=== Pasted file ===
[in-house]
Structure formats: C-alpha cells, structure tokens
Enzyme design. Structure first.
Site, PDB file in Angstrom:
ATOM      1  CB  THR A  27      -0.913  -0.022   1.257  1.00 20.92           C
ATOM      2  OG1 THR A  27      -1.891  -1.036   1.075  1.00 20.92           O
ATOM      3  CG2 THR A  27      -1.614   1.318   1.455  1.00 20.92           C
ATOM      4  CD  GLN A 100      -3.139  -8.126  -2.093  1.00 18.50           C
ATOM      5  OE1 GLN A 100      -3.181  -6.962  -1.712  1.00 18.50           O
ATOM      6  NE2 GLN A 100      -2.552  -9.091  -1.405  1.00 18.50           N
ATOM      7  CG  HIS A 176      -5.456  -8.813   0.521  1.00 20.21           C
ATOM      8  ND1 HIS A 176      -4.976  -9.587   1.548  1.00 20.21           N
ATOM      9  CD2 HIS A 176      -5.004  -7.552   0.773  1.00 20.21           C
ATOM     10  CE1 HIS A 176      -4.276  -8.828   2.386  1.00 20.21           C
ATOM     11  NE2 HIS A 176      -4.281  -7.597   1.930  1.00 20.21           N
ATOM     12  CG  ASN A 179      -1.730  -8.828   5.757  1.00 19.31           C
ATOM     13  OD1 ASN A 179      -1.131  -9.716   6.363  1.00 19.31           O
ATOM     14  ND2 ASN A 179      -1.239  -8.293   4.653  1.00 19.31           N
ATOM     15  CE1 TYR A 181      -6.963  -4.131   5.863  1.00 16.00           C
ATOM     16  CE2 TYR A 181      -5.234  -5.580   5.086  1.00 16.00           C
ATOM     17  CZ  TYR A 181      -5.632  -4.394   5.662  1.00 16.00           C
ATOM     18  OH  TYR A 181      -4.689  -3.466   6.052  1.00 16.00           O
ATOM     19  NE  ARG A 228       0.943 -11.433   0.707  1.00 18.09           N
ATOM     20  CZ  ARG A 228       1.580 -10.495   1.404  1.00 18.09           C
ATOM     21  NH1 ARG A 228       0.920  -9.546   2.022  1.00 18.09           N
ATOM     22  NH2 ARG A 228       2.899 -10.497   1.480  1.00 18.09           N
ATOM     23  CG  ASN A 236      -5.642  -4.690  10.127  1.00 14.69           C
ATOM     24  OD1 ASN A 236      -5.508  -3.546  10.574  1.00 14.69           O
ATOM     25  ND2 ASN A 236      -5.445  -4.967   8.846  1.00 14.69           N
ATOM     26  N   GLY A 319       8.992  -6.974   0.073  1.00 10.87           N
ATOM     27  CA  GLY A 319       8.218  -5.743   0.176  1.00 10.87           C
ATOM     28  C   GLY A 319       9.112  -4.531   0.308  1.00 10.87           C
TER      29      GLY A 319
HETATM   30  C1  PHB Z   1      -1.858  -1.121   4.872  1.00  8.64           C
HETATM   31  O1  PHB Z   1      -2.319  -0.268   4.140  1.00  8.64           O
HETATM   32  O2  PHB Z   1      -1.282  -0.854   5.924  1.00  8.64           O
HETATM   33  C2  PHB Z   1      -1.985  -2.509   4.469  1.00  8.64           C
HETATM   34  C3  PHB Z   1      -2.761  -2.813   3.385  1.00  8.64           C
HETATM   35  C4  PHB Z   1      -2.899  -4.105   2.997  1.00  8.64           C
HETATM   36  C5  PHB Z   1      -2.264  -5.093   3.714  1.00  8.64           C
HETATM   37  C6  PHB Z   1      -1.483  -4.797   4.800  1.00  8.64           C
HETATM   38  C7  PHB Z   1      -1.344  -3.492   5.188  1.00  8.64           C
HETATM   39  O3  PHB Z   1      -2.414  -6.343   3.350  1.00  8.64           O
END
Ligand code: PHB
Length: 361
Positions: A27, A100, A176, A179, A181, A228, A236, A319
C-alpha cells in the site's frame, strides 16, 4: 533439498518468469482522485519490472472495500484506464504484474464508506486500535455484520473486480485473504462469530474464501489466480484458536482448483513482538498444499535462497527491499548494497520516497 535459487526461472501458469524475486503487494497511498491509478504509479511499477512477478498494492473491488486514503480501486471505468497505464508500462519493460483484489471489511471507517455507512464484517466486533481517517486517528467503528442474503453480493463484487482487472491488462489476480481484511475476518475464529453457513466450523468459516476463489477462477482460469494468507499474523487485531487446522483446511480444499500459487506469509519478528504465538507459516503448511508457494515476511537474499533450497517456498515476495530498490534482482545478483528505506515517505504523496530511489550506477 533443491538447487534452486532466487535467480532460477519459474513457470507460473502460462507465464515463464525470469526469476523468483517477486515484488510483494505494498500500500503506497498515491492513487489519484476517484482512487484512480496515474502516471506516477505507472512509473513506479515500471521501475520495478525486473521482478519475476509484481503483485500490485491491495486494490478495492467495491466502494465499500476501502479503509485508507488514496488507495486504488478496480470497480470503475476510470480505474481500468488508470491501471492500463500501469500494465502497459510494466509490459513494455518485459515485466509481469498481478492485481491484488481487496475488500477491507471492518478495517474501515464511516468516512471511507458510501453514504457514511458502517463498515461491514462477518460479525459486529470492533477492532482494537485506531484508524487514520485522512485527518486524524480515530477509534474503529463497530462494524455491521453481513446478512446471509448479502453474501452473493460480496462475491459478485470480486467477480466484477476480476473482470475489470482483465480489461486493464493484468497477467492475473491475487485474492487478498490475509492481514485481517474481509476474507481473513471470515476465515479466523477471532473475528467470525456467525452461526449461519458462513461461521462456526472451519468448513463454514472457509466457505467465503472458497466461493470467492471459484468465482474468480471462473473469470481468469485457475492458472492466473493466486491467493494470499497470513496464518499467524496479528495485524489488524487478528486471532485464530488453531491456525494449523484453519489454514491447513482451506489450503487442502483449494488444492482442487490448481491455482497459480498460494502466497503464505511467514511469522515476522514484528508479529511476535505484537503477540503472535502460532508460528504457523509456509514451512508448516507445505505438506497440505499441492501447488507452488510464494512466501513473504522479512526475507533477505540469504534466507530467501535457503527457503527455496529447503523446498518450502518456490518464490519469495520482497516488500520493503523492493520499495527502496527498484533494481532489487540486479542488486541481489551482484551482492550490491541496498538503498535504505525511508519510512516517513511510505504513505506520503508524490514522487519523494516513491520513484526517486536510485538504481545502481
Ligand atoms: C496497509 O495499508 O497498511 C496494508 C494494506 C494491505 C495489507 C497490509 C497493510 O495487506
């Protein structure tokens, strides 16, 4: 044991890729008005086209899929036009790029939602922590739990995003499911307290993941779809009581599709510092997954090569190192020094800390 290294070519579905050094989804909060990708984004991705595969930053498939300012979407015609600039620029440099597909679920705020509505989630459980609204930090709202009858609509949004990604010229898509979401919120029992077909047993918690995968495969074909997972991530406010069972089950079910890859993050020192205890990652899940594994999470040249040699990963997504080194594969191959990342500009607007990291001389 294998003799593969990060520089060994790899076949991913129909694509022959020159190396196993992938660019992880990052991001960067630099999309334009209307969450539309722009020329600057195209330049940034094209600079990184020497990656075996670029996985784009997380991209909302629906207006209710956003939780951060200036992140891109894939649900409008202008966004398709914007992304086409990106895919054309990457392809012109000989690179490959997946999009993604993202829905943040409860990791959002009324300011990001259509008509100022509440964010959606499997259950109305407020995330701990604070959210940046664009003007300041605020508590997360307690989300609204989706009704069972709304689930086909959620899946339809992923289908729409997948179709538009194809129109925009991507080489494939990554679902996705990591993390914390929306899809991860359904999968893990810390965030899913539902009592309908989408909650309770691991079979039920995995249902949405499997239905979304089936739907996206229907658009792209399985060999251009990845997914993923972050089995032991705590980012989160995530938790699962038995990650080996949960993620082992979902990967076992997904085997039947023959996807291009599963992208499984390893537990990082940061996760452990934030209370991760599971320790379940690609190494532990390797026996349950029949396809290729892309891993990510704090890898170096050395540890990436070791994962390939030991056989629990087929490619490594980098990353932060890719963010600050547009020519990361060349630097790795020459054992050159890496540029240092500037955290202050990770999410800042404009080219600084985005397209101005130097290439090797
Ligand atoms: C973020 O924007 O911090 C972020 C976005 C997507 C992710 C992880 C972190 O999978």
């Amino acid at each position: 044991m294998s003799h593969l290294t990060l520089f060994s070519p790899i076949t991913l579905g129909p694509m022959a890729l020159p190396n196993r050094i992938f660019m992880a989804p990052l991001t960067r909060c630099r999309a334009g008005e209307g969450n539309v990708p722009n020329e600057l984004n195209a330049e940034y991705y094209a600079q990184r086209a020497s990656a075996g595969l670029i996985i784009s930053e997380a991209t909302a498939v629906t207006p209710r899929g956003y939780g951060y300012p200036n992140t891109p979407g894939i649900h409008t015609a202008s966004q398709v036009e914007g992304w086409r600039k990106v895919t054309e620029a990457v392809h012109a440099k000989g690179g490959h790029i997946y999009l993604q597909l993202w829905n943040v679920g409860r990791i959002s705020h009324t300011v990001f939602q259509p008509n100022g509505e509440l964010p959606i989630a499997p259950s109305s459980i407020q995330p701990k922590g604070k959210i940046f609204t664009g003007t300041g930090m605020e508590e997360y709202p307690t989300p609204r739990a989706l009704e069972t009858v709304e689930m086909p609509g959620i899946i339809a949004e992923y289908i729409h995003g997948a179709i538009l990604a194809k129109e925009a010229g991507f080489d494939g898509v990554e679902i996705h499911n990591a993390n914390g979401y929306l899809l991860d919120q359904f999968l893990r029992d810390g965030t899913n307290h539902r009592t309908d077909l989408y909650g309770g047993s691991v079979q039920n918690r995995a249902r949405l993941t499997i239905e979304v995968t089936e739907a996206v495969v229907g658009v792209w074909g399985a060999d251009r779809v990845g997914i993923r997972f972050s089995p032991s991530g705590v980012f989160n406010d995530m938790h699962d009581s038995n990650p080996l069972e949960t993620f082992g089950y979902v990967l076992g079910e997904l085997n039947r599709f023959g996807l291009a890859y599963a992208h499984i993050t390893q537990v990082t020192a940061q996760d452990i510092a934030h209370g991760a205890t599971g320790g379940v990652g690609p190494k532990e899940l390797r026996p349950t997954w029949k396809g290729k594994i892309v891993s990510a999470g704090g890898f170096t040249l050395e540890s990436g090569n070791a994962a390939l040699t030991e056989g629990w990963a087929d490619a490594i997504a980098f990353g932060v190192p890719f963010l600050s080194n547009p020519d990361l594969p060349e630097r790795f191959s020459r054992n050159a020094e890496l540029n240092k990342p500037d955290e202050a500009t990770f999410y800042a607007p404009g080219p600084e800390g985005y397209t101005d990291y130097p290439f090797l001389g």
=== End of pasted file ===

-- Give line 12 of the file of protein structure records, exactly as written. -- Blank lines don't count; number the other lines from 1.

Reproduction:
ATOM      8  ND1 HIS A 176      -4.976  -9.587   1.548  1.00 20.21           N